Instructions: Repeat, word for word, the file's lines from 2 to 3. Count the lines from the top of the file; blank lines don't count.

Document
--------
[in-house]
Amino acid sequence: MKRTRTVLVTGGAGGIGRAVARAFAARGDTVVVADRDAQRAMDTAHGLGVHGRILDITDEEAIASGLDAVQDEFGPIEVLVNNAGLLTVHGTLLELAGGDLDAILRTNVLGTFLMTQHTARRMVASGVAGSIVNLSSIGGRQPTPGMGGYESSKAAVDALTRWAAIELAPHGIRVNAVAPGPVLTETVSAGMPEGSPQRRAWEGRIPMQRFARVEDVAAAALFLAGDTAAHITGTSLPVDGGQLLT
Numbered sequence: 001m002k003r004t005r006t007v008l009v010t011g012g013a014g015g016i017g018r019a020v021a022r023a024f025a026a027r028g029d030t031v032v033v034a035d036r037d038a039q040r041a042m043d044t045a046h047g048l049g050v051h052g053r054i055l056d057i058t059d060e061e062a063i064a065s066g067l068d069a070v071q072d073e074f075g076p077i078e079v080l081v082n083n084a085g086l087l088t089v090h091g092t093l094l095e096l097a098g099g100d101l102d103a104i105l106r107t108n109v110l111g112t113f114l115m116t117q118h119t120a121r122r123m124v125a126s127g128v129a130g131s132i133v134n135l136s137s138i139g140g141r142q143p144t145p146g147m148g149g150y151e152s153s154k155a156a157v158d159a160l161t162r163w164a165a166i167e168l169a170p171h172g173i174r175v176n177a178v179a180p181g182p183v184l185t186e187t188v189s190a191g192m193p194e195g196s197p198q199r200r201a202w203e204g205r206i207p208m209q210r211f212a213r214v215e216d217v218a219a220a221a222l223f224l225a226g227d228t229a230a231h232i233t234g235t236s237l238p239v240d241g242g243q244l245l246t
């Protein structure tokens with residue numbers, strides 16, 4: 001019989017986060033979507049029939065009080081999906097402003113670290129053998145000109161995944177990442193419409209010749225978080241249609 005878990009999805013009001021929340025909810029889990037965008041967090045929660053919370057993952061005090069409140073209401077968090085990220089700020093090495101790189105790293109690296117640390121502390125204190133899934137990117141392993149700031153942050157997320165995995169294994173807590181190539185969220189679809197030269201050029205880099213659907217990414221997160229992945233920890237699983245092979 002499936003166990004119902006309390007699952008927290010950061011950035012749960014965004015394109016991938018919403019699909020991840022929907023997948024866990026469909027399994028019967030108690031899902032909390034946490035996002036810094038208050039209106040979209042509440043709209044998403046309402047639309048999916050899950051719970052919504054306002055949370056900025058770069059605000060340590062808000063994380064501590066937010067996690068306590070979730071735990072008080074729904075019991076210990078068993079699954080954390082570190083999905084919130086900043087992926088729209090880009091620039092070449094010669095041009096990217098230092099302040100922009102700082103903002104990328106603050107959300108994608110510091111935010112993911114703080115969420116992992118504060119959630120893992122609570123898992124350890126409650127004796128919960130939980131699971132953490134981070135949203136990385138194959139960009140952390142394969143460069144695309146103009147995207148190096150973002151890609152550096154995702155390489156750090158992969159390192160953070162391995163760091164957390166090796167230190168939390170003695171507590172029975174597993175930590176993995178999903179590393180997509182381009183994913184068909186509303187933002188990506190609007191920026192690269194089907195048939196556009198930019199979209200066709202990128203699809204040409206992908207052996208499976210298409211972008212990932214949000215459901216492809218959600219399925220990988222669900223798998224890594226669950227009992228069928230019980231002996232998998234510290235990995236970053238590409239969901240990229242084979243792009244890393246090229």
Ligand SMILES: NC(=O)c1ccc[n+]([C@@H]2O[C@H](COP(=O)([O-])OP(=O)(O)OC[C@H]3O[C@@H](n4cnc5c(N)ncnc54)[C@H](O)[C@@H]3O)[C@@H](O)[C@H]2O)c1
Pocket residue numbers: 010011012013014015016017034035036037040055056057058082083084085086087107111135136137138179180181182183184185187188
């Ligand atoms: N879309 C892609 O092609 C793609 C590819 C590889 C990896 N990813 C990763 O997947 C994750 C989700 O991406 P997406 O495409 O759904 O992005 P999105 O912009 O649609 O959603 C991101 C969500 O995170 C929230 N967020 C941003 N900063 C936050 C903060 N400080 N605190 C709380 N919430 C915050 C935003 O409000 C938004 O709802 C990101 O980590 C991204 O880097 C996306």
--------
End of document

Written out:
Amino acid sequence: MKRTRTVLVTGGAGGIGRAVARAFAARGDTVVVADRDAQRAMDTAHGLGVHGRILDITDEEAIASGLDAVQDEFGPIEVLVNNAGLLTVHGTLLELAGGDLDAILRTNVLGTFLMTQHTARRMVASGVAGSIVNLSSIGGRQPTPGMGGYESSKAAVDALTRWAAIELAPHGIRVNAVAPGPVLTETVSAGMPEGSPQRRAWEGRIPMQRFARVEDVAAAALFLAGDTAAHITGTSLPVDGGQLLT
Numbered sequence: 001m002k003r004t005r006t007v008l009v010t011g012g013a014g015g016i017g018r019a020v021a022r023a024f025a026a027r028g029d030t031v032v033v034a035d036r037d038a039q040r041a042m043d044t045a046h047g048l049g050v051h052g053r054i055l056d057i058t059d060e061e062a063i064a065s066g067l068d069a070v071q072d073e074f075g076p077i078e079v080l081v082n083n084a085g086l087l088t089v090h091g092t093l094l095e096l097a098g099g100d101l102d103a104i105l106r107t108n109v110l111g112t113f114l115m116t117q118h119t120a121r122r123m124v125a126s127g128v129a130g131s132i133v134n135l136s137s138i139g140g141r142q143p144t145p146g147m148g149g150y151e152s153s154k155a156a157v158d159a160l161t162r163w164a165a166i167e168l169a170p171h172g173i174r175v176n177a178v179a180p181g182p183v184l185t186e187t188v189s190a191g192m193p194e195g196s197p198q199r200r201a202w203e204g205r206i207p208m209q210r211f212a213r214v215e216d217v218a219a220a221a222l223f224l225a226g227d228t229a230a231h232i233t234g235t236s237l238p239v240d241g242g243q244l245l246t